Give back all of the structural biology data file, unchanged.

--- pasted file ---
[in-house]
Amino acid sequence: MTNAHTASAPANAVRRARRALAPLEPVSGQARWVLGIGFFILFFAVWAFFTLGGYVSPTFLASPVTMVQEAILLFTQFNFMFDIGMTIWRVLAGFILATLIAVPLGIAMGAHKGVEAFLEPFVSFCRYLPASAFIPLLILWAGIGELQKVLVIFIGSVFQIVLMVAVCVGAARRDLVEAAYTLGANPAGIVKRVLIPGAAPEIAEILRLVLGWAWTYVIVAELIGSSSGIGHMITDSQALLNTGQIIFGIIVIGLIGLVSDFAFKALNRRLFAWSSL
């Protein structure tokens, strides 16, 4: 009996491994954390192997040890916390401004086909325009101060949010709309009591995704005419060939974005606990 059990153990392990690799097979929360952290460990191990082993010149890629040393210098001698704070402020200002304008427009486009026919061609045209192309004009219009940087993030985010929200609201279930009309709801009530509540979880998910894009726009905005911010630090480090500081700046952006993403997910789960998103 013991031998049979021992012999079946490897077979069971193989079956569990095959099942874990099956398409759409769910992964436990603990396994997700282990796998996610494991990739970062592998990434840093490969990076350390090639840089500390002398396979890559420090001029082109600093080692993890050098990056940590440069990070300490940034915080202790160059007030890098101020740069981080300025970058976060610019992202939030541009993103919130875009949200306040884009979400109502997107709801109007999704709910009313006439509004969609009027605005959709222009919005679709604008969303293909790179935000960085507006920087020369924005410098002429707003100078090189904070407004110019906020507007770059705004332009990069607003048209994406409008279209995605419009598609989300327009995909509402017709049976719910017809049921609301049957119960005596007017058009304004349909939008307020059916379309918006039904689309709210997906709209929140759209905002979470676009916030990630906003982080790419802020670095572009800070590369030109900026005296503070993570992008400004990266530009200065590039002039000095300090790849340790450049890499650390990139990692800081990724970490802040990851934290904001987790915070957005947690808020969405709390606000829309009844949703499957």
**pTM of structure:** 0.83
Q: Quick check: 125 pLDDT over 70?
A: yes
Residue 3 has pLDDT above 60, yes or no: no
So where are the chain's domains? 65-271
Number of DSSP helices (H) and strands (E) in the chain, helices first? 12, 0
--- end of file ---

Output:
[in-house]
Amino acid sequence: MTNAHTASAPANAVRRARRALAPLEPVSGQARWVLGIGFFILFFAVWAFFTLGGYVSPTFLASPVTMVQEAILLFTQFNFMFDIGMTIWRVLAGFILATLIAVPLGIAMGAHKGVEAFLEPFVSFCRYLPASAFIPLLILWAGIGELQKVLVIFIGSVFQIVLMVAVCVGAARRDLVEAAYTLGANPAGIVKRVLIPGAAPEIAEILRLVLGWAWTYVIVAELIGSSSGIGHMITDSQALLNTGQIIFGIIVIGLIGLVSDFAFKALNRRLFAWSSL
């Protein structure tokens, strides 16, 4: 009996491994954390192997040890916390401004086909325009101060949010709309009591995704005419060939974005606990 059990153990392990690799097979929360952290460990191990082993010149890629040393210098001698704070402020200002304008427009486009026919061609045209192309004009219009940087993030985010929200609201279930009309709801009530509540979880998910894009726009905005911010630090480090500081700046952006993403997910789960998103 013991031998049979021992012999079946490897077979069971193989079956569990095959099942874990099956398409759409769910992964436990603990396994997700282990796998996610494991990739970062592998990434840093490969990076350390090639840089500390002398396979890559420090001029082109600093080692993890050098990056940590440069990070300490940034915080202790160059007030890098101020740069981080300025970058976060610019992202939030541009993103919130875009949200306040884009979400109502997107709801109007999704709910009313006439509004969609009027605005959709222009919005679709604008969303293909790179935000960085507006920087020369924005410098002429707003100078090189904070407004110019906020507007770059705004332009990069607003048209994406409008279209995605419009598609989300327009995909509402017709049976719910017809049921609301049957119960005596007017058009304004349909939008307020059916379309918006039904689309709210997906709209929140759209905002979470676009916030990630906003982080790419802020670095572009800070590369030109900026005296503070993570992008400004990266530009200065590039002039000095300090790849340790450049890499650390990139990692800081990724970490802040990851934290904001987790915070957005947690808020969405709390606000829309009844949703499957």
**pTM of structure:** 0.83
Q: Quick check: 125 pLDDT over 70?
A: yes
Residue 3 has pLDDT above 60, yes or no: no
So where are the chain's domains? 65-271
Number of DSSP helices (H) and strands (E) in the chain, helices first? 12, 0